media, adding that “Debbie had a goodie bag for every family which included a book…”

Pajama Press salutes Debbie, Stephanie, and the CCBC for doing so much to encourage literacy and a love of books among children and their families.

Full Pajama Press list recognized in Best Books for Kids & Teens

Posted on December 1st, 2013 by pajamapress

Pajama Press is thrilled to announce that every book in our Spring 2013 list has been recognized in the Canadian Children’s Book Centre‘s Fall 2013 edition of Best Books for Kids & Teens. Those books are:

NixMinusOneNix Minus One by Jill MacLeanStarred Selection

Namesake_LRNamesake by Sue MacLeod

HoogieInTheMiddle_LRHoogie in the Middle by Stephanie McLeallan, illustrated by Dean Griffiths

CommunitySoup_LRCommunity Soup by Alma FullertonStarred Selection

Congratulations to Jill, Sue, Stephanie, Dean, and Alma!

CCBC features Community Soup and Nix Minus One

Posted on November 28th, 2013 by pajamapress

The Canadian Children’s Book Centre has compiled a list of great children’s books for the 2013 holiday season. They include two books published by Pajama Press.

CommunitySoup_Med

Community Soup by Alma Fullerton

Kioni loves her goats but they can be big trouble! On soup day, when all the other children are gathering vegetables from the community garden, Kioni is gathering goats! Luckily the kids have a great idea, and soon Kioni’s four-legged are helping to make the soup a delicious success…

Kenya / Community Gardens / Community Kitchen

Nix_C_PRINT_Nov13.indd

Nix Minus One by Jill MacLean

Quiet, out of shape, and bold only around the neighbourhood’s neglected dog, Nix is the polar opposite of his vibrant sister Roxy. But he’d do anything for her, even hide her late-night partying from their parents. When Roxy goes too far, Nix feels like it’s his life that’s spiralling out of control.

Death / Grief / Bullying / Healing

 

 

Click here to see the full Great Reads for the Holidays 2013.

Canadian Children’s Book News calls Namesake “a gem”

Posted on November 1st, 2013 by pajamapress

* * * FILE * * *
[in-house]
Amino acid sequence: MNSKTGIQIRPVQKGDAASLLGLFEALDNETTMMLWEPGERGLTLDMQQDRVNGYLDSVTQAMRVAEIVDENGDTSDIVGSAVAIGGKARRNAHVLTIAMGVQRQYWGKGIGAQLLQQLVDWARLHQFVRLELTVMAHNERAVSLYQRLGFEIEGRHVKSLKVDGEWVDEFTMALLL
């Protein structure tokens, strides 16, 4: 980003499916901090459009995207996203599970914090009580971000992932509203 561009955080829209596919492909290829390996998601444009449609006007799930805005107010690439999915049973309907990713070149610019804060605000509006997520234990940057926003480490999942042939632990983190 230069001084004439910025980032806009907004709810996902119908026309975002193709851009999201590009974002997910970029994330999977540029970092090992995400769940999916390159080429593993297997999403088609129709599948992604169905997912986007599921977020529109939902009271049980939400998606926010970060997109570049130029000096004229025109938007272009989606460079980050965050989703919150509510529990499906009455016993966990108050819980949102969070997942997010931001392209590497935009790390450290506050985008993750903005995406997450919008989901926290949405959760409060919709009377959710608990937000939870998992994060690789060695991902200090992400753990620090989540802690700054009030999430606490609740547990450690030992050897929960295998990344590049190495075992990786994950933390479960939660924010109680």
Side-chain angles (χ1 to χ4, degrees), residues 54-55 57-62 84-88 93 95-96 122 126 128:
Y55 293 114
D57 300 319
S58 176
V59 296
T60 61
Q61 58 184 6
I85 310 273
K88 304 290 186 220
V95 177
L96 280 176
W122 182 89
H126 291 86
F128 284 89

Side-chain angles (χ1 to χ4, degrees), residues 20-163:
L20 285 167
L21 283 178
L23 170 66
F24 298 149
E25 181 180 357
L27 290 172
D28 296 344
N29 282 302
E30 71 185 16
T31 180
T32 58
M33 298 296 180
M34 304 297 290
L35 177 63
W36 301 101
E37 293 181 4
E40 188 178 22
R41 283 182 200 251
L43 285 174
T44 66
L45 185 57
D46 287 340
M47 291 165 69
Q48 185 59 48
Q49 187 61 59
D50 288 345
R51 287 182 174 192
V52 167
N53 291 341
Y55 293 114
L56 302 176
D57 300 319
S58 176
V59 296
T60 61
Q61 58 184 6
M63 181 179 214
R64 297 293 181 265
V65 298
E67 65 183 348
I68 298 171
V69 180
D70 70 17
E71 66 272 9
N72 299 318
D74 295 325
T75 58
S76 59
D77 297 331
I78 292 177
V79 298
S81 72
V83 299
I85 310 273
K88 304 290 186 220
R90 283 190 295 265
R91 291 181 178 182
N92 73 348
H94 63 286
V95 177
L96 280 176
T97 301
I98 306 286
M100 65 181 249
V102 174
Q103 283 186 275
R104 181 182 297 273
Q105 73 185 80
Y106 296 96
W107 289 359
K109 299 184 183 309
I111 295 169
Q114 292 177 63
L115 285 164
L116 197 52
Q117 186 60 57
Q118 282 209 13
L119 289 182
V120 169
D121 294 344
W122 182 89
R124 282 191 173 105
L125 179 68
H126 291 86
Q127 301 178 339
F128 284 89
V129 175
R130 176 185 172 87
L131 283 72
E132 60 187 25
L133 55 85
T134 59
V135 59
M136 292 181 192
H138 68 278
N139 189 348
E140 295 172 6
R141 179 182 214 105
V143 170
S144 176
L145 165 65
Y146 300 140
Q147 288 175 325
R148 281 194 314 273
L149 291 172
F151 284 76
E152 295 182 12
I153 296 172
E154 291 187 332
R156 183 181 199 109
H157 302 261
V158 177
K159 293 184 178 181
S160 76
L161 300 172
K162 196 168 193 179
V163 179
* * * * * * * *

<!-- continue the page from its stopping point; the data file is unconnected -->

Namesake_C_Dec13v2.indd“Jane Grey is a student in Nova Scotia preparing a history project on her namesake, Lady Jane Grey, who was the queen of England for nine days in 1553, a political pawn in the intrigues of the Tudor era. Jane discovers Lady Jane’s Book of Prayre mixed in with her research books from the library and it carries her back to Lady Jane during the last few months of her life. The two teenagers become friends and confidants, helping each other through everything that happens in both of their lives.

MacLeod uses words sparingly and lovingly in Namesake, revealing just enough to carry the reader through the lives of both Janes, just enough to capture the imagination and draw us into the story. Her descriptions of High School ring completely true as do the times when Lady Jane is trying out modern language. The abuse suffered by both girls is also treated gently, realistic without being harrowing.

The modern Jane is strong and inventive, carrying on an active inner life and finding a way to improve her own life — even when her attempts to change 16th century events fail.

Without a misstep, Namesake proceeds from a tantalizing prologue to the satisfying conclusion. Perfectly constructed, this book is a gem.”

Willow Moonbeam is a math professor and librarian.

Click here to learn more about Canadian Children’s Book News.

TD Canadian Children’s Book Week with Alma Fullerton and Sylvia Gunnery

Posted on May 6th, 2013 by pajamapress

Alma Fullerton

Two Pajama Press authors begin their TD Canadian Children’s Book Week tours today: Alma Fullerton in Alberta and Sylvia Gunnery in Manitoba. The Canadian Children’s Book Centre interviewed both of these wonderful authors before they left.

Click here to find out why Alma struggled to read as a child

Click here to find out what famous writer’s hometown Sylvia is excited to visit.

And then click here to learn more about the TD Canadian Children’s Book Week!

Sylvia Gunnery

Alma Fullerton is the author of two Pajama Press books: A Good Trade (2012) and the upcoming Community Soup (June 1, 2013). Her novels Libertad, Burn, Walking on Glass and In the Garage have earned her many awards.